Application filed in Australia to launch first trial of ARO-SOD1
Therapy designed to reduce SOD1 protein levels in ALS patients with SOD1 gene mutations
Pending clearance from the Australian Department of Health and Aged Care, Therapeutic Goods Administration, ARO-SOD1 may become the first candidate developed with Arrowhead’s proprietary Targeted RNAi Molecule (TRiM) platform for delivery to the brain and spinal cord to enter clinical studies.
The AROSOD1-1001 Phase 1 trial is designed to assess the safety, tolerability, and pharmacological properties of ARO-SOD1 in people with ALS-SOD1. It is expected to enroll 24 adult patients who will receive ascending doses of the medication or a placebo.
“The ARO-SOD1 program entering clinical studies represents the further expansion of our proprietary TRiM platform, which now includes product candidates addressing a multitude of diverse disease areas that target the liver, lung, muscle, and CNS [central nervous system],” Chris Anzalone, PhD, president and CEO of Arrowhead, said in a company press release.
ARO-SOD1 is designed to target SOD1 messenger RNA
Mutations in the SOD1 gene lead to the production of an abnormal SOD1 protein prone to aggregate and form clumps in nerve cells, which causes nerve cell death and contributes to ALS progression.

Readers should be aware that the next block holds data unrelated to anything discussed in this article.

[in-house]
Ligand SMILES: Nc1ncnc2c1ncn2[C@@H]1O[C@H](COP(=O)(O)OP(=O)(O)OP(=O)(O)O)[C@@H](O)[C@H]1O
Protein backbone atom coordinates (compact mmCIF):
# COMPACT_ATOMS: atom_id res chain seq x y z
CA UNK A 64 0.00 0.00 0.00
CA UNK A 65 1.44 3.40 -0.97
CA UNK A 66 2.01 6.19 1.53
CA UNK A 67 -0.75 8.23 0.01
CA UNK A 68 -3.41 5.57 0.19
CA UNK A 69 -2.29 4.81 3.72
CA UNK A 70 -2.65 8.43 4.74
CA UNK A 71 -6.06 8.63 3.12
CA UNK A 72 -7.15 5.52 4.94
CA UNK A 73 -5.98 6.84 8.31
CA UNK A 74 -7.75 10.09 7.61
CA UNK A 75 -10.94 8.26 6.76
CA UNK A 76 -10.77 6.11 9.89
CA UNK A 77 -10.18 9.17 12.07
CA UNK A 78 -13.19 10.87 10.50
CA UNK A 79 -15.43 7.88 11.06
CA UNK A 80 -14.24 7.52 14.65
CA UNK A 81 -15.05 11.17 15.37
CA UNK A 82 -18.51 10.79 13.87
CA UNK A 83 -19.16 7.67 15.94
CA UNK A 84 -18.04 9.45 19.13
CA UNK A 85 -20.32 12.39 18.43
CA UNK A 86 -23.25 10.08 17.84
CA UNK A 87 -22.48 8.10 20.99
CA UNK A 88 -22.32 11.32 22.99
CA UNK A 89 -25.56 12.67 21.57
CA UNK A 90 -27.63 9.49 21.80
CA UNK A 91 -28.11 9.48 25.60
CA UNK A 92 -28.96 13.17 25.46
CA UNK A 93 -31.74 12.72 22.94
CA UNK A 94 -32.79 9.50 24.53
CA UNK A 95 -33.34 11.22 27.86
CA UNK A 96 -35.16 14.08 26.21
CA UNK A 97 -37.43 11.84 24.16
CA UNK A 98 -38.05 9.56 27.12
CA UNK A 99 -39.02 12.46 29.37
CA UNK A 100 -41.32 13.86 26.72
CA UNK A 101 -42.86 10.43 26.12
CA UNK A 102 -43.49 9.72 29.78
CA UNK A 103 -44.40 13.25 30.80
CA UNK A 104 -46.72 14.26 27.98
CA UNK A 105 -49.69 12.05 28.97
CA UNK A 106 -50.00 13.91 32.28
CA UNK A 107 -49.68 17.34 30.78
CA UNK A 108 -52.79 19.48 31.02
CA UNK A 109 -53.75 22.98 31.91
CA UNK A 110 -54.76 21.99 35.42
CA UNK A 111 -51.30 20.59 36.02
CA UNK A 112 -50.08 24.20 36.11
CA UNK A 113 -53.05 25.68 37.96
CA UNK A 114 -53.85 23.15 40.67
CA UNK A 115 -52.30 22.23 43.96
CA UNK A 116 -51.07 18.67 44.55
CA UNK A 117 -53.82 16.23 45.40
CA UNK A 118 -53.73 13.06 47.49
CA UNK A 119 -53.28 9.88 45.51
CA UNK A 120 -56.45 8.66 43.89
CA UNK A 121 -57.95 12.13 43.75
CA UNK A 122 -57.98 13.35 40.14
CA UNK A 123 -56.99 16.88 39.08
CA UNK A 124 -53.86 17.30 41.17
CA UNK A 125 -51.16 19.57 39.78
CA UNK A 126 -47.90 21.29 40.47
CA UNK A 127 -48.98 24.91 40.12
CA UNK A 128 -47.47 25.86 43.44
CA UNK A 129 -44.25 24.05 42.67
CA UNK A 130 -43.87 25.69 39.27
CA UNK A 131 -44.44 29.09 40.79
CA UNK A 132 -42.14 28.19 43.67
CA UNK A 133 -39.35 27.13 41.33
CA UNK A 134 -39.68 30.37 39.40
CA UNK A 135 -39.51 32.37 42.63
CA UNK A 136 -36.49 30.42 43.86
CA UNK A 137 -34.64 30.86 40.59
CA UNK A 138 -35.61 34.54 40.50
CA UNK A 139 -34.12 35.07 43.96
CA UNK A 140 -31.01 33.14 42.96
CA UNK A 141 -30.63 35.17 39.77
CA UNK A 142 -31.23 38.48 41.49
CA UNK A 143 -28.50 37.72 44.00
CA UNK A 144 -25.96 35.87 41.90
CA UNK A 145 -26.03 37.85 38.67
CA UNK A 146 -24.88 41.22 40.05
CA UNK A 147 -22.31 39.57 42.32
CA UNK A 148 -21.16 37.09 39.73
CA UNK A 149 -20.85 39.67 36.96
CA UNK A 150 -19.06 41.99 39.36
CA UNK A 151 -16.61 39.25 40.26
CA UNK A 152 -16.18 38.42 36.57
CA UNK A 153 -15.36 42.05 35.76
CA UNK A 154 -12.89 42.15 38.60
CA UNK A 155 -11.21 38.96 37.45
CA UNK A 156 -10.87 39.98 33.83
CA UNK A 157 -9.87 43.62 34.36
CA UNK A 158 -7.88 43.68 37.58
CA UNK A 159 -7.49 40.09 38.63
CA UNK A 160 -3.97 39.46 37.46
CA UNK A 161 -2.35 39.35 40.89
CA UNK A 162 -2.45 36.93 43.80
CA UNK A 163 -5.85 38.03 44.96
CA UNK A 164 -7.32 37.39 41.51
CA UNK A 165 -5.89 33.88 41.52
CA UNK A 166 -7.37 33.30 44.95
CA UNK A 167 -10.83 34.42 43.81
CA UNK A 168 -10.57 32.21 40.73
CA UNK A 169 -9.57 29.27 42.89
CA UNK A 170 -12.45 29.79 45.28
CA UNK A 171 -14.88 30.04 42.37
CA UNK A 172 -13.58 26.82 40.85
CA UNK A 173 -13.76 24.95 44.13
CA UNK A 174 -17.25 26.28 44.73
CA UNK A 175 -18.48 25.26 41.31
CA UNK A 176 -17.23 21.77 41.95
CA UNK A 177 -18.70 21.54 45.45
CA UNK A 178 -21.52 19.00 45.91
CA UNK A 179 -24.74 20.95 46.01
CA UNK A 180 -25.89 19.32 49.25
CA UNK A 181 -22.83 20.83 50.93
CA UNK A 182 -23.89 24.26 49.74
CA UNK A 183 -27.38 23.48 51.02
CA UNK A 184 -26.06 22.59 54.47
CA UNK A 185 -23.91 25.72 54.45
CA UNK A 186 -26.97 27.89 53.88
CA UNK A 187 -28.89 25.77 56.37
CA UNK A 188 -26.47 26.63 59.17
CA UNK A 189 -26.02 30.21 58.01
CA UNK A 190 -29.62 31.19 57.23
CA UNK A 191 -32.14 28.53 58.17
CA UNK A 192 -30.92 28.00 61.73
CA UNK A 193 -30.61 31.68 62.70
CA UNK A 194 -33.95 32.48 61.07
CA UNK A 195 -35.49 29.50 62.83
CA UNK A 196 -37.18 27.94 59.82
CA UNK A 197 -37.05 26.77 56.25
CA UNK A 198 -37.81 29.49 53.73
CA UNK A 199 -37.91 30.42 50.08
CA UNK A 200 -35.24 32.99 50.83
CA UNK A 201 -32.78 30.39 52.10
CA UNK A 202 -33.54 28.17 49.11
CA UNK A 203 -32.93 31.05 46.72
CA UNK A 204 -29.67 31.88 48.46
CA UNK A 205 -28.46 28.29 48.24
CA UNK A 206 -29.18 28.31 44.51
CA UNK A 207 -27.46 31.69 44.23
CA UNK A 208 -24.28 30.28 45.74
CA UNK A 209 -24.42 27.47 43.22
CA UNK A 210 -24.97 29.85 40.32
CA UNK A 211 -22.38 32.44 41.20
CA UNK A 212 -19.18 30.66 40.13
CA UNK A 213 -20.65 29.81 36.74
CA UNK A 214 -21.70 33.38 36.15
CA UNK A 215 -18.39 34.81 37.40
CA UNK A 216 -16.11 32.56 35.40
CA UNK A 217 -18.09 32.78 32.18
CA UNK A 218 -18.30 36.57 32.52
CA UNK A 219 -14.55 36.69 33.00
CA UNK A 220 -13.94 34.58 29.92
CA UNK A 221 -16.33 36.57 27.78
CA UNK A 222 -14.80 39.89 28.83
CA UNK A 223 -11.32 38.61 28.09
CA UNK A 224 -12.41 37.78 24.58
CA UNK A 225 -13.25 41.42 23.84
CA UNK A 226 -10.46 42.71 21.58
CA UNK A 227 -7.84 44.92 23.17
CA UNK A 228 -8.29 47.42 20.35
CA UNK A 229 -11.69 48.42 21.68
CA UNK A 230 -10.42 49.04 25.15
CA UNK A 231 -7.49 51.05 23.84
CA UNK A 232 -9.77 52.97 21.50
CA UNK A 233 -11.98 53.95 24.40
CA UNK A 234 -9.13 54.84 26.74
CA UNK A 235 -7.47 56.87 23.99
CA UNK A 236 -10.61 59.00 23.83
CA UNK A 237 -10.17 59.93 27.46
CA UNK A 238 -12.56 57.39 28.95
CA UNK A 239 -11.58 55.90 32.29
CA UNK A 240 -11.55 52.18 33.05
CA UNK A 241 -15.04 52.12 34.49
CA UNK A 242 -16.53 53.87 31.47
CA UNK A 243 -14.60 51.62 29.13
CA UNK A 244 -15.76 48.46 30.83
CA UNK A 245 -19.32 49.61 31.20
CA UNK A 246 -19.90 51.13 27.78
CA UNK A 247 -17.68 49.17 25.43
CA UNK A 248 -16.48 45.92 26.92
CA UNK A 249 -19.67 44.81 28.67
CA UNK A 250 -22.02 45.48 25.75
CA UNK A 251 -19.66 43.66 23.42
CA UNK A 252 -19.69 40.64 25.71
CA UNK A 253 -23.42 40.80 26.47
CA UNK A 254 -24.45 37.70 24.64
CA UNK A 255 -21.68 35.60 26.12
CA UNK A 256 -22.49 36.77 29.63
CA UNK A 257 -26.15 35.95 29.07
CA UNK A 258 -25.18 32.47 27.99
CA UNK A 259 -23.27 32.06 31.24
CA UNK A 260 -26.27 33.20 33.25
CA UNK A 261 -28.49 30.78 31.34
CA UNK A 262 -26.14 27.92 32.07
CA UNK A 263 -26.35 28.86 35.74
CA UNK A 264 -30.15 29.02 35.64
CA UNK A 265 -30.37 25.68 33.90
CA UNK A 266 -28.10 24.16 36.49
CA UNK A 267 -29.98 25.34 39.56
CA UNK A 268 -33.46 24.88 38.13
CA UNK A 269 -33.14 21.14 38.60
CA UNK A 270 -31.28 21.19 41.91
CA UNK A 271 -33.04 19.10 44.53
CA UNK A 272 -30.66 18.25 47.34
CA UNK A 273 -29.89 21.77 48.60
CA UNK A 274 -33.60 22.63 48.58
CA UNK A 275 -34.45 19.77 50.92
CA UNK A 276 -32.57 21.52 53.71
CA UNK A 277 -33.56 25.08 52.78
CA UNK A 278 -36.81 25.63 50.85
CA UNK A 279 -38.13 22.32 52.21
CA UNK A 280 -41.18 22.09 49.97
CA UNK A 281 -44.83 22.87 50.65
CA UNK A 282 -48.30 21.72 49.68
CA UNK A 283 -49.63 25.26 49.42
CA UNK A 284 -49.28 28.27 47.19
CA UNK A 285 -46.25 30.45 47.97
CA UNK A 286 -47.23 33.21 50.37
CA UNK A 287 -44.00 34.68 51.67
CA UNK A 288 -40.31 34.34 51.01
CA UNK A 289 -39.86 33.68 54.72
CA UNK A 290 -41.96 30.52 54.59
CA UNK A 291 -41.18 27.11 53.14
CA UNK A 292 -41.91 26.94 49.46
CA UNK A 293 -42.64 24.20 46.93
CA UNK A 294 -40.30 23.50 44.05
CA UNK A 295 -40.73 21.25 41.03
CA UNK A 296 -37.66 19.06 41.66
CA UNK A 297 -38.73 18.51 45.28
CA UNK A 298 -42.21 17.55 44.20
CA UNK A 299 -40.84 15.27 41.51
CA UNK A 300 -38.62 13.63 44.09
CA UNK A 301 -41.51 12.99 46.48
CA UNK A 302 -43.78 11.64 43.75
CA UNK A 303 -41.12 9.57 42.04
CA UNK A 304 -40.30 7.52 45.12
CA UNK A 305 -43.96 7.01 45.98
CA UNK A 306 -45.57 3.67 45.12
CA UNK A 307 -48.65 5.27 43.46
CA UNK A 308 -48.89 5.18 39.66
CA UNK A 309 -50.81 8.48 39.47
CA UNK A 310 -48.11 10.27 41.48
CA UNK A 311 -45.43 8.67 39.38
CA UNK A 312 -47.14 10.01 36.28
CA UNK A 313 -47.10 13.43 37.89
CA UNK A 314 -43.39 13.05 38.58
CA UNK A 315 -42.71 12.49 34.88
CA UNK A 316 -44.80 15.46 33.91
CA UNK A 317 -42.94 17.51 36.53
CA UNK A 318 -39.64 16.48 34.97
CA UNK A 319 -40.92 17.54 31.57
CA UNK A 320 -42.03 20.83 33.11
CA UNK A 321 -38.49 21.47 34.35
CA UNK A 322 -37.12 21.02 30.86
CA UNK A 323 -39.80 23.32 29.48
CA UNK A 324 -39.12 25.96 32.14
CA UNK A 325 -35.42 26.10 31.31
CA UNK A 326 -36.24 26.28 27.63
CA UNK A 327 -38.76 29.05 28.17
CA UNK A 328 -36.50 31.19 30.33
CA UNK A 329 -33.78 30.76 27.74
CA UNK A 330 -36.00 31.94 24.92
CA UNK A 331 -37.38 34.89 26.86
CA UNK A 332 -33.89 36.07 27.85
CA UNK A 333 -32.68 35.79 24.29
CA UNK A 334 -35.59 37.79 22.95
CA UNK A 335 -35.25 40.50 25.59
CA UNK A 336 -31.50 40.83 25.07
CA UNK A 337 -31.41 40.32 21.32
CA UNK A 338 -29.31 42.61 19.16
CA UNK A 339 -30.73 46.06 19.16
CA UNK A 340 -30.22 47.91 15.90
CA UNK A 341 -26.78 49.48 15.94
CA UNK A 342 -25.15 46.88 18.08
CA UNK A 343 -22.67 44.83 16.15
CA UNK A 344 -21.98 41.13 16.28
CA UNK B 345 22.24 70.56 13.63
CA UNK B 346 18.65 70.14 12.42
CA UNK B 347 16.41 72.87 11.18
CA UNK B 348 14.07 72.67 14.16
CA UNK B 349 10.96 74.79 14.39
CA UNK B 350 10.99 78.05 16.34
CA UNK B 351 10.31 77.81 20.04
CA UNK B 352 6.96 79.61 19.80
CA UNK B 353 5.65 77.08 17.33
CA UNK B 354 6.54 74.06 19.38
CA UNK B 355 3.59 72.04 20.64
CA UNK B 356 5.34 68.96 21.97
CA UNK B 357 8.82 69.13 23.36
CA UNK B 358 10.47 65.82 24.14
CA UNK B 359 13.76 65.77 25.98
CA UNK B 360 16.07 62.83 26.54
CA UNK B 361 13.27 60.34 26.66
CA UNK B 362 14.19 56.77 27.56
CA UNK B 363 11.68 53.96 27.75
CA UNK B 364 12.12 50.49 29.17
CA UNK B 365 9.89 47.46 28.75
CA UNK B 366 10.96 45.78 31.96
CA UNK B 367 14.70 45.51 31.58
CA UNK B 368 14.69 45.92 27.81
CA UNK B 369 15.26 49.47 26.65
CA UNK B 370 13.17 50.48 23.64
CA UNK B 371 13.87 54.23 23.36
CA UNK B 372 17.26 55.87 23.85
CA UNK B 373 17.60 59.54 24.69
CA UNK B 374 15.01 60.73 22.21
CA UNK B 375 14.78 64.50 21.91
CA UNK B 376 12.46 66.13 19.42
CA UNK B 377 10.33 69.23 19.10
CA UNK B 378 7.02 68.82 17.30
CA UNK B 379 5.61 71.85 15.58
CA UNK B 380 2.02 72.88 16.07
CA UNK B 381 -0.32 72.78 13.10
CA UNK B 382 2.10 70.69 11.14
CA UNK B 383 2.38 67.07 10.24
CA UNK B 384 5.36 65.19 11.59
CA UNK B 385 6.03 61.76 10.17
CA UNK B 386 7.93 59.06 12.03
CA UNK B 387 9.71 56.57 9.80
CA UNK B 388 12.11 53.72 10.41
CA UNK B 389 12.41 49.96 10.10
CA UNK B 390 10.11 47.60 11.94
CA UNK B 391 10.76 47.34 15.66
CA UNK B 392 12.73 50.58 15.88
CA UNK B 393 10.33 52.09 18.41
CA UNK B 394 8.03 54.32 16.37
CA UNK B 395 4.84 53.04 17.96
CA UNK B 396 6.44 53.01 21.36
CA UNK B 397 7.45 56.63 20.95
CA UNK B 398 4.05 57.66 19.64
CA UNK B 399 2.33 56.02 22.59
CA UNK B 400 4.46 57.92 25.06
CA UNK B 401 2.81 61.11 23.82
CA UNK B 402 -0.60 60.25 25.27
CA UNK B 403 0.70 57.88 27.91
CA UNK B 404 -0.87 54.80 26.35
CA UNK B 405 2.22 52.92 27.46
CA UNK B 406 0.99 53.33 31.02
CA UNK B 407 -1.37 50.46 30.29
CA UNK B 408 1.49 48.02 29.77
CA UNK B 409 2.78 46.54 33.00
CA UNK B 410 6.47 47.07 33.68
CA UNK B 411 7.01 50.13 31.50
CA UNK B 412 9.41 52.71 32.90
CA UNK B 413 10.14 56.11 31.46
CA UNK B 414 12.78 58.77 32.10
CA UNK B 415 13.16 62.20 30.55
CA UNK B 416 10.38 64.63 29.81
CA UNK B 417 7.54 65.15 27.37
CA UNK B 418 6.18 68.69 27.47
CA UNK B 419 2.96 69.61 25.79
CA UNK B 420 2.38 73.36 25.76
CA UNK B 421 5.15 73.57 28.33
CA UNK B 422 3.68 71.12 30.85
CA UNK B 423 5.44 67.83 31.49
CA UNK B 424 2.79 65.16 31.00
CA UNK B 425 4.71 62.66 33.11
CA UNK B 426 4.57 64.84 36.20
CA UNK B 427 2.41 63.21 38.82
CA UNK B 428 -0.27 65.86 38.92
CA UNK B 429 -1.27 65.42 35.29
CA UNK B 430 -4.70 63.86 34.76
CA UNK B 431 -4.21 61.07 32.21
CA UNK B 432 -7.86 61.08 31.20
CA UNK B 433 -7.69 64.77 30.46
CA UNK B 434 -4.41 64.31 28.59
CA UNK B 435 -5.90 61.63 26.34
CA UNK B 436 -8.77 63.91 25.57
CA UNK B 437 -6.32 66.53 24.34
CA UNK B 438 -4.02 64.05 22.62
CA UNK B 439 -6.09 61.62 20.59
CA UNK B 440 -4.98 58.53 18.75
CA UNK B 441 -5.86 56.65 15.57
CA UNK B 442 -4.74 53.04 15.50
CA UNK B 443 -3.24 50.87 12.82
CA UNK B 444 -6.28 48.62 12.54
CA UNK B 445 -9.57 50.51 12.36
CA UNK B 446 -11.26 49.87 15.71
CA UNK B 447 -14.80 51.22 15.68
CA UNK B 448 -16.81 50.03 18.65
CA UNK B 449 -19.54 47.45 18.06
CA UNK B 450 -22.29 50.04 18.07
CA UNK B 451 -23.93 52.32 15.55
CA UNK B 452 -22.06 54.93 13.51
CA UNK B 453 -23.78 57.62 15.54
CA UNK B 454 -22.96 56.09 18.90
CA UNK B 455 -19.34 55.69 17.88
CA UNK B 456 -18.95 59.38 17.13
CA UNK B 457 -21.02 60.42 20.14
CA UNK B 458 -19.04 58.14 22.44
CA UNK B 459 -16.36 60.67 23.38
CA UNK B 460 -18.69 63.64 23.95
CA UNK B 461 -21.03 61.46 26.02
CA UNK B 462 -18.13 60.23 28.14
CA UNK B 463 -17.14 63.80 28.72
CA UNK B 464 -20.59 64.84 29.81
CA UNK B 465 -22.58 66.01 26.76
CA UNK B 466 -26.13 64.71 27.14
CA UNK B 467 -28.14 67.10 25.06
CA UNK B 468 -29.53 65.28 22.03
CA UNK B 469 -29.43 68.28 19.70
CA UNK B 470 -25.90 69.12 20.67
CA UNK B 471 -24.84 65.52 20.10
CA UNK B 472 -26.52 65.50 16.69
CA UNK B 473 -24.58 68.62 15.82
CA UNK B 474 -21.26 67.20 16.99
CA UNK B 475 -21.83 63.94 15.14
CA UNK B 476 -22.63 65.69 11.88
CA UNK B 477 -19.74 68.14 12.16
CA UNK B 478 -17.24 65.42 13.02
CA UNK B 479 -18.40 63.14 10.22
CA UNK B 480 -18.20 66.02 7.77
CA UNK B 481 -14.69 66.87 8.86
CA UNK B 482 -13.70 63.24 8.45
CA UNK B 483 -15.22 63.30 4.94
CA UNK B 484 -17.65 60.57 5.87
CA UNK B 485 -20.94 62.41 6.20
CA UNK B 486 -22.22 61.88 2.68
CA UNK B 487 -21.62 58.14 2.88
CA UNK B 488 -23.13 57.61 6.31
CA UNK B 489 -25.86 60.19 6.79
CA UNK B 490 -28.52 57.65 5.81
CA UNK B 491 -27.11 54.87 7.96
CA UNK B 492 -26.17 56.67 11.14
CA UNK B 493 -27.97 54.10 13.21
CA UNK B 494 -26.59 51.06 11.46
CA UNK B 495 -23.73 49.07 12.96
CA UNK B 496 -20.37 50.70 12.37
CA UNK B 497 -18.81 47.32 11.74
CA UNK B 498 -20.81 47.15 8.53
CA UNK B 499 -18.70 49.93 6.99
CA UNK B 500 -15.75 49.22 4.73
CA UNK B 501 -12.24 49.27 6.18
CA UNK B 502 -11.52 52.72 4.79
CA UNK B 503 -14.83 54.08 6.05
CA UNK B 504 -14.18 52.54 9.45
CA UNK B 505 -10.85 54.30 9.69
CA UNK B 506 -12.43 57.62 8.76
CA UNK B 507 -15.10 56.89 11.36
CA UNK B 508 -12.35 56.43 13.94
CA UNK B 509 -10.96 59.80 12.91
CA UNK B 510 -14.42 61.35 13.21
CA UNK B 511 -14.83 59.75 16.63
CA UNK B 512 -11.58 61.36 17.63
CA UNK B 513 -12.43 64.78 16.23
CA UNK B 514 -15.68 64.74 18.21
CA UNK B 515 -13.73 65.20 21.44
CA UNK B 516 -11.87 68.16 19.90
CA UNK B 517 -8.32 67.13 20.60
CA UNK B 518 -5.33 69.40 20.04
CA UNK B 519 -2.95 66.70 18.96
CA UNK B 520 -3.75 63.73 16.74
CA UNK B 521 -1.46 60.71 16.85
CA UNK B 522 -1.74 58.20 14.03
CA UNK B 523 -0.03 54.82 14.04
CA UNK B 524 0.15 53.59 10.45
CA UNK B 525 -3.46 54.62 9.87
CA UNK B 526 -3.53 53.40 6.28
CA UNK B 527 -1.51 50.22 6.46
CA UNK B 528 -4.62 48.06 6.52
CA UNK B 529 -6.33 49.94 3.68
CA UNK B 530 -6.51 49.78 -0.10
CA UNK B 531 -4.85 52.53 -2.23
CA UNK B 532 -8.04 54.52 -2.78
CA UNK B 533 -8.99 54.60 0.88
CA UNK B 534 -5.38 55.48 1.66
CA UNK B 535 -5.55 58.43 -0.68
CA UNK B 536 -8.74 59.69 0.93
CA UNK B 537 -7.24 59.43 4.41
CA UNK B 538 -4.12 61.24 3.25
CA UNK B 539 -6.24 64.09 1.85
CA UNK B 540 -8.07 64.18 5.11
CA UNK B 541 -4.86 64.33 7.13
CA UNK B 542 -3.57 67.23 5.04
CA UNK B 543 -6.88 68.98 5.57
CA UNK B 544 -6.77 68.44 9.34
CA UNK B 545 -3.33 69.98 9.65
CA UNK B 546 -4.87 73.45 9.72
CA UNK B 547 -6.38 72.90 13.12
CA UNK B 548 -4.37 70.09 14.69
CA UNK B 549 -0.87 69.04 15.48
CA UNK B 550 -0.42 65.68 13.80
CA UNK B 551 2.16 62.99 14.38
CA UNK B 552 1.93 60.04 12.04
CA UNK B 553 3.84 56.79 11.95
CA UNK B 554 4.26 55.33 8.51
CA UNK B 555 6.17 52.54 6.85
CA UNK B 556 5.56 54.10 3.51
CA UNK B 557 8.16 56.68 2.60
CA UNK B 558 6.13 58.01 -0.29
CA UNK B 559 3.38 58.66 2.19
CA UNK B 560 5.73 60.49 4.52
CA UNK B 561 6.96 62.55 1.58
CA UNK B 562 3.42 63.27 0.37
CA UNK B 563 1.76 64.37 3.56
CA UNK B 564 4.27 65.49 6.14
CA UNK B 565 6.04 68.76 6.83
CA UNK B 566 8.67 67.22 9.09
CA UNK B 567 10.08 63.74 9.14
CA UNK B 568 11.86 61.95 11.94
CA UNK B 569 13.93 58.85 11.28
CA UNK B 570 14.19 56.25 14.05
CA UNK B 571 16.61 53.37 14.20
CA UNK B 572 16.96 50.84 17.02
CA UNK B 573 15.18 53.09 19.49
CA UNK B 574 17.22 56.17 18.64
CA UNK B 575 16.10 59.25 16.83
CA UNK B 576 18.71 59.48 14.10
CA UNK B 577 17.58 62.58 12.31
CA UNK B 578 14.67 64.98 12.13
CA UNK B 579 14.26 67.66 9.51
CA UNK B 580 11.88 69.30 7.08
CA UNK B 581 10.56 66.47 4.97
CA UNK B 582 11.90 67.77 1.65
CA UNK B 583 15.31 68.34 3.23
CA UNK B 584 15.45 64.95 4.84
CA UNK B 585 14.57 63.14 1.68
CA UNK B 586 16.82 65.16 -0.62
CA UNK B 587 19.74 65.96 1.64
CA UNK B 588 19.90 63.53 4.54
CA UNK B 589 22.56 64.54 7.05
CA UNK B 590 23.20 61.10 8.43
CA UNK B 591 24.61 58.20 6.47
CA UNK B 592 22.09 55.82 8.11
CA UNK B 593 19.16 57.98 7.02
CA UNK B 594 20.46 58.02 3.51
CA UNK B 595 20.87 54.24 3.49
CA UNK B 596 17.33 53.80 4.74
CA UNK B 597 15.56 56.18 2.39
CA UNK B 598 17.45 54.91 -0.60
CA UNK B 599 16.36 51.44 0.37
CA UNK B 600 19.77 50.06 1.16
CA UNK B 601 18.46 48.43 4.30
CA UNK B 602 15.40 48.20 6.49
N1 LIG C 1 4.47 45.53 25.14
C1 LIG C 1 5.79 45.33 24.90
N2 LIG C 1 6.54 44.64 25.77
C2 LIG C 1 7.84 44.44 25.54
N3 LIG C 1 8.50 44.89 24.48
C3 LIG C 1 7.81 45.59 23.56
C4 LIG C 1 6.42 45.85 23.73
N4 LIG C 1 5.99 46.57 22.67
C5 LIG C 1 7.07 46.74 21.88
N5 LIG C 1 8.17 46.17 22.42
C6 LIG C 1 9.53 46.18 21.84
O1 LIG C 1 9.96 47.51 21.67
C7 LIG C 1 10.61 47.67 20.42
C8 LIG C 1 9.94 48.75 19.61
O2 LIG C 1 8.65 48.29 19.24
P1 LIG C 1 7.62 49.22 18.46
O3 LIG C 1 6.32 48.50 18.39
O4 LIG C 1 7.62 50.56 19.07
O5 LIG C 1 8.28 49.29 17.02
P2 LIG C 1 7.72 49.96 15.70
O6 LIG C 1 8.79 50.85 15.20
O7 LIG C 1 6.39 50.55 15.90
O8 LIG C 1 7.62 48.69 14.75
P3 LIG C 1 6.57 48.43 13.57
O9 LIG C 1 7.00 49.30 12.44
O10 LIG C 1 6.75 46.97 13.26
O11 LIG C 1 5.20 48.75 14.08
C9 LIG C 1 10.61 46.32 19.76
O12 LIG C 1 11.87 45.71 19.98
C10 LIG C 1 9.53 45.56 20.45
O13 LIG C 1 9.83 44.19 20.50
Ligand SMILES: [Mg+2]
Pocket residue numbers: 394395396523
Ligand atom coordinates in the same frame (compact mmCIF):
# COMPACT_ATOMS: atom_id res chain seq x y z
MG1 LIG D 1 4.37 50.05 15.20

ARO-SOD1 is an RNA interference (RNAi) therapy designed to target the SOD1 messenger RNA (mRNA), an intermediate molecule that’s produced when the gene is read and serves as a template for protein production.
RNAi is a natural process of gene silencing in which small RNA molecules, called interfering RNAs, bind to a specific mRNA and target it for destruction, ultimately preventing protein production. Thus, by binding to SOD1 mRNA molecules, ARO-SOD1 can significantly lower the production of toxic SOD1 proteins.
The therapy is injected into the spinal canal — called an intrathecal administration — allowing the therapy to reach the CNS where it is expected to prevent the buildup of the abnormal SOD1 protein, and, consequently, slow disease progression.
Preclinical data showed ARO-SOD1 was highly active against SOD1 mRNA across multiple different models. In a SOD1-ALS rat model, a single injection into the spinal canal was sufficient to reduce SOD1 mRNA by 95% in the spinal cord.
Also, studies with nonhuman primates showed the therapy has sustained effects, with 80% of SOD1 mRNA remaining depleted for three months after a single intrathecal dose.
According to Arrowhead, these findings suggest ARO-SOD1 may require four or less annual injections, much fewer than the monthly intrathecal injections required for Qalsody (tofersen), an RNA-based therapy that recently gained conditional approval in the U.S. for the treatment of ALS patients with SOD1 mutations.